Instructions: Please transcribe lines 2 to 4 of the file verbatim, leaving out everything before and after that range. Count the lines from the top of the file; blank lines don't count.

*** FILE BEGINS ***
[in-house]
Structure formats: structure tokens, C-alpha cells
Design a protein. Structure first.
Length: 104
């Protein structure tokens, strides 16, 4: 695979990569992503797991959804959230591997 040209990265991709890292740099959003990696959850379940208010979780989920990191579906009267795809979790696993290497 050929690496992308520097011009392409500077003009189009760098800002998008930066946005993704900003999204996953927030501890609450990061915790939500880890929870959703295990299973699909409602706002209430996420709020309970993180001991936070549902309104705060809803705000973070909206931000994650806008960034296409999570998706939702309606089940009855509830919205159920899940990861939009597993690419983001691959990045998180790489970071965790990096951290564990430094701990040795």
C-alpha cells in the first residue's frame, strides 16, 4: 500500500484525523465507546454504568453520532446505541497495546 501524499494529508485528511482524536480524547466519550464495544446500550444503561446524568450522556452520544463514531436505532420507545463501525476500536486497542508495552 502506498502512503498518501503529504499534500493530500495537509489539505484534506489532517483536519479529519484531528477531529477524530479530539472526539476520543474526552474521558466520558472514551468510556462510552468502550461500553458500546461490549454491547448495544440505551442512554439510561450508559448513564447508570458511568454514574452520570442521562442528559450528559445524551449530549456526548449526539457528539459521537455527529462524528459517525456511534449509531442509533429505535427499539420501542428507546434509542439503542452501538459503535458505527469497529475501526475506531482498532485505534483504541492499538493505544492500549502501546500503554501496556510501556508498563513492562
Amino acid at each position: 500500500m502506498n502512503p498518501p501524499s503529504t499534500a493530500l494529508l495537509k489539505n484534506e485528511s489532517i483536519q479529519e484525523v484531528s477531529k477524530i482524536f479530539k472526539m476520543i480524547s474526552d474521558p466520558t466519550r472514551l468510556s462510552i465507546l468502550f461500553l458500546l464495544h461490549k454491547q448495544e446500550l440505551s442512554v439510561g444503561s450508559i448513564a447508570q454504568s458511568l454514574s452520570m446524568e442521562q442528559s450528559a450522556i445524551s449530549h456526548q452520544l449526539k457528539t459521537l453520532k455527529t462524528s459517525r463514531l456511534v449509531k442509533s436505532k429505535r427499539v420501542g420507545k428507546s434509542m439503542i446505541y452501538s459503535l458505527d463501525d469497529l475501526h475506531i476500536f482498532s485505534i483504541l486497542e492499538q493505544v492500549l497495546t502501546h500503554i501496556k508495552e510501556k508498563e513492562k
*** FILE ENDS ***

Structure formats: structure tokens, C-alpha cells
Design a protein. Structure first.
Length: 104